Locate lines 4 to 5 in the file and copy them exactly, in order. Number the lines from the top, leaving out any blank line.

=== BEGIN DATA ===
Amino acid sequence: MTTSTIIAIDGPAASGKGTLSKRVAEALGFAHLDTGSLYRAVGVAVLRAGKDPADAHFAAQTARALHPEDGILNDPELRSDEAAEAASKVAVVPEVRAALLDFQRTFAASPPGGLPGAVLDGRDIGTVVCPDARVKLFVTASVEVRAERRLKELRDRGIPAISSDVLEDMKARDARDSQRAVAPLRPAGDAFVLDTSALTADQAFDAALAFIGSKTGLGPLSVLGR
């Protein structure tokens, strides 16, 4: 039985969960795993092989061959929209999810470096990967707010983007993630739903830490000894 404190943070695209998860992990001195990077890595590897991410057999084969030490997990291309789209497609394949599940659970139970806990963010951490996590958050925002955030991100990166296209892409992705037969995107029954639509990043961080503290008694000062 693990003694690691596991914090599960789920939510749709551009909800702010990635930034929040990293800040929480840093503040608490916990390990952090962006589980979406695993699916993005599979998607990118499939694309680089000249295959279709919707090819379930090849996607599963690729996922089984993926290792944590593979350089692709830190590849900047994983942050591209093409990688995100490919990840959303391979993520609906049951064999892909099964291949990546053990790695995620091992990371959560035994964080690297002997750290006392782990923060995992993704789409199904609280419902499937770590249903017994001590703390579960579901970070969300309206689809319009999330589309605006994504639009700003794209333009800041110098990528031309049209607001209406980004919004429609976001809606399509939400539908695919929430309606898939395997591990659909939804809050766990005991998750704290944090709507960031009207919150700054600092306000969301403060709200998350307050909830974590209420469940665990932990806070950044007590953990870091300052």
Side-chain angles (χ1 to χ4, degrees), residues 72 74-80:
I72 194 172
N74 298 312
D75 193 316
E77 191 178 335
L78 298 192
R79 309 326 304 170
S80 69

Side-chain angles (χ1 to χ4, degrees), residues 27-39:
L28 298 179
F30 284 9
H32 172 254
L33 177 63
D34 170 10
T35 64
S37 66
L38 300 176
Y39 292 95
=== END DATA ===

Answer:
I72 194 172
N74 298 312